Select the sweepstakes tab to enter the “Put Your Group on Canvas” drawing, which runs through October 31, 2010. Five winners will be randomly selected. The prizes are valued at $100, and will be shipped free of charge to each of the five winners.
This is a golden opportunity to let your music ensemble’s talents shine! Good luck!
Sally Albrecht is Director of School Choral Publications for Alfred Music Publishing. She has composed over 300 choral pieces and is well known for her work with choral movement. She has received an ASCAP award every year since 1987. Luckily for us, Sally has kindly taken time from her busy schedule to give this interview for us.
When did you begin in music? I sang with the rest of my class in grade school (St. Dominic’s Catholic School in Shaker Heights, Ohio). We sang for church every morning and put on an extensive St. Patrick’s Day show each year. I was finally allowed to start taking piano in the second half of 4th grade, when my 5 fingers could reach out far enough to play 5 notes!
Did you have an “a-ha” moment when you knew you wanted to be a musician? In high school, as I was trying to make the big decision between music and math, I decided to ask my music teacher what he thought. I said “I think I’m going to major in music.” To which he replied “Of course, you are.” That was it. That was the turning point for me. I actually ended up with a double major in music and theater at Rollins College, and went on to get a master’s in each at the University of Miami.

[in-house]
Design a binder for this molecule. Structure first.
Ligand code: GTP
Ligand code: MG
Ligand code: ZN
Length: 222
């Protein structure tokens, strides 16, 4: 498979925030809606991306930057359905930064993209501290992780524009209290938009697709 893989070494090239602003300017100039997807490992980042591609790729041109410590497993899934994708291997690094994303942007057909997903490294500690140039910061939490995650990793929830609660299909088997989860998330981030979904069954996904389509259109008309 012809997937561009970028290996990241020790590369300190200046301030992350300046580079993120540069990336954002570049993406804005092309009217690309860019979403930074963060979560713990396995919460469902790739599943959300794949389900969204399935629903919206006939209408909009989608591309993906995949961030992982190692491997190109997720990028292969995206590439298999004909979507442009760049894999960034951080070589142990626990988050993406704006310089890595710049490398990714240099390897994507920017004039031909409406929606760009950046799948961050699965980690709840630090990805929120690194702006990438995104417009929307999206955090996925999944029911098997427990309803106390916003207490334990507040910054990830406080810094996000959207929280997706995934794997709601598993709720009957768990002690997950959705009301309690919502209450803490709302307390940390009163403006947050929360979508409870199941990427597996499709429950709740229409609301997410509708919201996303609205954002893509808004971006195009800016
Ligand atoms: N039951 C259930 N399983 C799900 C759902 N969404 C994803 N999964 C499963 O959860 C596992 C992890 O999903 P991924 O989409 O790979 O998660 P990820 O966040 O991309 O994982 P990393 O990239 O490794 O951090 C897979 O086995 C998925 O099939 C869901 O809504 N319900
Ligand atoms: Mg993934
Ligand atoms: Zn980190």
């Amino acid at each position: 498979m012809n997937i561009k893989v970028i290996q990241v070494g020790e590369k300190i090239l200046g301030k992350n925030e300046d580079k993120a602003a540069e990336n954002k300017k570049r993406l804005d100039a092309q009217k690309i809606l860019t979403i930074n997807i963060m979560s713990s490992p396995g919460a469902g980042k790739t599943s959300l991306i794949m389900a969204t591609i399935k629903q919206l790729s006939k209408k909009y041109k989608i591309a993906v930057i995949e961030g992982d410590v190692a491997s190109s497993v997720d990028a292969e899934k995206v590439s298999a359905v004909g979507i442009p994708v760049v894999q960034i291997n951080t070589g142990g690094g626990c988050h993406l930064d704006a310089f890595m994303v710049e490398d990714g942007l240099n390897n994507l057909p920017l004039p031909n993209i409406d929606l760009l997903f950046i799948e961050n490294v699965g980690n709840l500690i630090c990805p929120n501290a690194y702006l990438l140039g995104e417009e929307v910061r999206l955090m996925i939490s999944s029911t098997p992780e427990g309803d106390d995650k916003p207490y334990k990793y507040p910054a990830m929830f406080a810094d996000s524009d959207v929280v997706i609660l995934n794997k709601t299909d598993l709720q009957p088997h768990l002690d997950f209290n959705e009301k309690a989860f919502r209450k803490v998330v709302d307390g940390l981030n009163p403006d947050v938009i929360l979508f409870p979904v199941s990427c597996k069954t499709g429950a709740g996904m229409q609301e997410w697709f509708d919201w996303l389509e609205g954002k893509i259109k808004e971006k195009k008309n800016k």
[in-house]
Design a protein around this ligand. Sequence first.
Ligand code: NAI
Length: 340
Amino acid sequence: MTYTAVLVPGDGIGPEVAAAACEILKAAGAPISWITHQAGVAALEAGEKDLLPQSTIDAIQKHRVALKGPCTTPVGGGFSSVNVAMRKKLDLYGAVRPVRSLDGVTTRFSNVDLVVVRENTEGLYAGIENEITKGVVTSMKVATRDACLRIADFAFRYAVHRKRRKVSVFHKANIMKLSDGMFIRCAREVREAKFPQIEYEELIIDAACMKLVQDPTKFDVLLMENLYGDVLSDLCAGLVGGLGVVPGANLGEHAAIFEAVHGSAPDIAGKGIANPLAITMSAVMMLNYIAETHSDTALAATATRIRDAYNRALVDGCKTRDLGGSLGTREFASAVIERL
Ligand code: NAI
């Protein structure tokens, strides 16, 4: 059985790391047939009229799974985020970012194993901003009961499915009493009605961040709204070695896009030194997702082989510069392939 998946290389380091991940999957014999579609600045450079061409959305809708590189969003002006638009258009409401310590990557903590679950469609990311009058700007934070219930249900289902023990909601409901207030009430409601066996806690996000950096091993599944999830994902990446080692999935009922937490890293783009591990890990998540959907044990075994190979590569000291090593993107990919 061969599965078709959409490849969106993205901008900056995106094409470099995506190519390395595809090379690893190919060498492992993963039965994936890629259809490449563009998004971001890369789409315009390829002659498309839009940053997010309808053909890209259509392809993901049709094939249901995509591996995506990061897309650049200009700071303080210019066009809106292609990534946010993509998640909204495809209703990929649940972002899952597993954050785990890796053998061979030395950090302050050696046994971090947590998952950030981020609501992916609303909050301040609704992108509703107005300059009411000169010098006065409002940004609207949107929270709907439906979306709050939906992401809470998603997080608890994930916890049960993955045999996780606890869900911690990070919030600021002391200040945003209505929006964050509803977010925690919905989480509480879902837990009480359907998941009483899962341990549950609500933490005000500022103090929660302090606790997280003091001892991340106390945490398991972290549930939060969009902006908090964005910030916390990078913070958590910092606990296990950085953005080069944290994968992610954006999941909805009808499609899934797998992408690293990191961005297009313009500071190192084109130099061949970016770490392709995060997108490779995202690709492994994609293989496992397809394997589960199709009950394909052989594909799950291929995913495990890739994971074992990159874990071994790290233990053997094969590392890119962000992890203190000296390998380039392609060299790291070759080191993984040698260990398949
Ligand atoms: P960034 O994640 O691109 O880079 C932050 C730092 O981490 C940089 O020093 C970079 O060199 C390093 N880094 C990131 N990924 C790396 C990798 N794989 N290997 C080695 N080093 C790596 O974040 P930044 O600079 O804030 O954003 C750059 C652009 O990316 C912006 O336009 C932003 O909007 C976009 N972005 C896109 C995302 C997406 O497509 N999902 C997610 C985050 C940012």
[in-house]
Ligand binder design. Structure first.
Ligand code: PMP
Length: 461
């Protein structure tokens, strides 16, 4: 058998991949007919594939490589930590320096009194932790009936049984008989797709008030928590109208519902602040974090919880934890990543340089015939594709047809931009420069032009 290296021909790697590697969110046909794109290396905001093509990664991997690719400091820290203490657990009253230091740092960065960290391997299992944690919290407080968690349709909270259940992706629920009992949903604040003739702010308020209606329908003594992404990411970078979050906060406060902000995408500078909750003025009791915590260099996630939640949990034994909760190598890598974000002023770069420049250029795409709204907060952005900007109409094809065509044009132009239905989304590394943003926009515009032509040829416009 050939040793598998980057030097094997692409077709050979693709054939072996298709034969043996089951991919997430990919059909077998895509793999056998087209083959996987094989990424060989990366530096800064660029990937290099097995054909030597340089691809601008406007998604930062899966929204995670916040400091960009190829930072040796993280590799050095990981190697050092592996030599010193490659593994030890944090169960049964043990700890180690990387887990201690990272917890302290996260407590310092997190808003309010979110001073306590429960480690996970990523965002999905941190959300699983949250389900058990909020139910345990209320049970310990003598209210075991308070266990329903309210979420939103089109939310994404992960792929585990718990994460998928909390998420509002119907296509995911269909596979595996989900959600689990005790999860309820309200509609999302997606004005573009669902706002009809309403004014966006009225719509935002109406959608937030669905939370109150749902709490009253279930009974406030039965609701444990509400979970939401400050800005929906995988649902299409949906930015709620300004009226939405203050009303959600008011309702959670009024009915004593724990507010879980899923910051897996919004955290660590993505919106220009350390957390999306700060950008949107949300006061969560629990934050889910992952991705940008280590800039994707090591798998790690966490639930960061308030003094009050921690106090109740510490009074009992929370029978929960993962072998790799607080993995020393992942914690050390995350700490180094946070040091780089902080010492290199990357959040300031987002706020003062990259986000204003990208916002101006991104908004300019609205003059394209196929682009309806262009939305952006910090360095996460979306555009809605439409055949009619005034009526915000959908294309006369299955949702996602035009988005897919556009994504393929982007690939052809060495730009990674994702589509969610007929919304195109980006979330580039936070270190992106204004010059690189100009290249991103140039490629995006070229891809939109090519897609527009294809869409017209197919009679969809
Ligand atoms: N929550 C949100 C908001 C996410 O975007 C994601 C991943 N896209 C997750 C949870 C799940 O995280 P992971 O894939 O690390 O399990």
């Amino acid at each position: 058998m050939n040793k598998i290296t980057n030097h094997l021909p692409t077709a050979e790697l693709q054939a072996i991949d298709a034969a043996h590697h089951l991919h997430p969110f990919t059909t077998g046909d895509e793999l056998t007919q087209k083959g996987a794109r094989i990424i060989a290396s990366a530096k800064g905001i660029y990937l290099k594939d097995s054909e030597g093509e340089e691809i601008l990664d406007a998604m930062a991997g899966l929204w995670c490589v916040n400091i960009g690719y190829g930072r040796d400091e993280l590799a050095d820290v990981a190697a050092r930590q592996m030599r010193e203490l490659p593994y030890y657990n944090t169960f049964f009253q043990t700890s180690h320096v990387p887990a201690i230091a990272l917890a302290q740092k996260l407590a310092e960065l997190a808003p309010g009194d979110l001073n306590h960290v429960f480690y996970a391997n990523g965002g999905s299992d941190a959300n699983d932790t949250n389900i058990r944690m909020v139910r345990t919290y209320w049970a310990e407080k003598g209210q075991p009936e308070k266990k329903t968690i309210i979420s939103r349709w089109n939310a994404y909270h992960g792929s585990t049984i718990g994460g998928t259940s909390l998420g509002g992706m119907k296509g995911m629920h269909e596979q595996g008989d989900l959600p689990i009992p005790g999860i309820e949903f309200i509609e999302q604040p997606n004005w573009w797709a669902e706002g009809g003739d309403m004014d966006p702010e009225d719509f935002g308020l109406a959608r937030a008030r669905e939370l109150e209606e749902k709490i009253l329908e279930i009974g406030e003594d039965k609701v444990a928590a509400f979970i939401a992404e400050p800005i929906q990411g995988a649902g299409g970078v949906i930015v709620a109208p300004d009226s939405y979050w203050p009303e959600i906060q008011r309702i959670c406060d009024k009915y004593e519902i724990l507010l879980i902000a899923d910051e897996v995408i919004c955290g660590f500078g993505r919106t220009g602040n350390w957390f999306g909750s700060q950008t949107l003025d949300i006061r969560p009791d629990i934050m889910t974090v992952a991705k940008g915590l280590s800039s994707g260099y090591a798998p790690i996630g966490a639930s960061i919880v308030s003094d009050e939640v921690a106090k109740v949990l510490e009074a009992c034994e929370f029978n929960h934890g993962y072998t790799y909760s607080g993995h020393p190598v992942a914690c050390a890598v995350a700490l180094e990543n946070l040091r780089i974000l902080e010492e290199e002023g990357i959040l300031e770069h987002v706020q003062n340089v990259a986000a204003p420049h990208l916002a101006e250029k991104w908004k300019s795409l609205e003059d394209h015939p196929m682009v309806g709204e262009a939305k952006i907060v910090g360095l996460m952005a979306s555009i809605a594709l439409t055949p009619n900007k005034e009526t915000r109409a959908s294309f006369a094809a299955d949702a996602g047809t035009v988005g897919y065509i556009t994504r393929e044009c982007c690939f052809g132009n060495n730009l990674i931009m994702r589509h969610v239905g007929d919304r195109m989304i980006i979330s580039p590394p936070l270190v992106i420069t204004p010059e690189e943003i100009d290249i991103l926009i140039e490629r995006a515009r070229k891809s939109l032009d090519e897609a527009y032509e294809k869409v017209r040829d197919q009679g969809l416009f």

What kind of things inspire you? Children singing. Long walks. Quiet time. Moving water. Great movies. Great acting. Great dialog. My husband (Jay Althouse).
What inspired you to become a composer? I have been a choral editor for almost 30 years now. I work on a lot of other composers’ pieces. Because of my job, I am able to see what is popular, what is fresh, what works. I started composing myself in 1982. At first, I only wrote one or two chorals per year. That has increased over the past 15 years to 8-12 chorals per year. I’ve also written many children’s songbooks and musicals, featuring from 5 up to 40 songs each. I am also fortunate to collaborate with my husband, Jay Althouse. He has an exceptional background in theory.
What would you say defines your style? I work to compose memorable melodies with logical voice-leading and stimulating, singable texts. I want my music to be successful with developing choirs, to be accomplishable without too much blood, sweat, and tears — so that the director can work on musicality, diction, phrasing, tone, emotion. I often write for a specific choir or event. Sometimes, having definite and clear goals and parameters for a piece makes it more inspiring to write.
Tell me one thing that people might not know about you? Jay and I enjoy collecting folk art; native art by untrained artists, primarily American, some from Haiti and Mexico.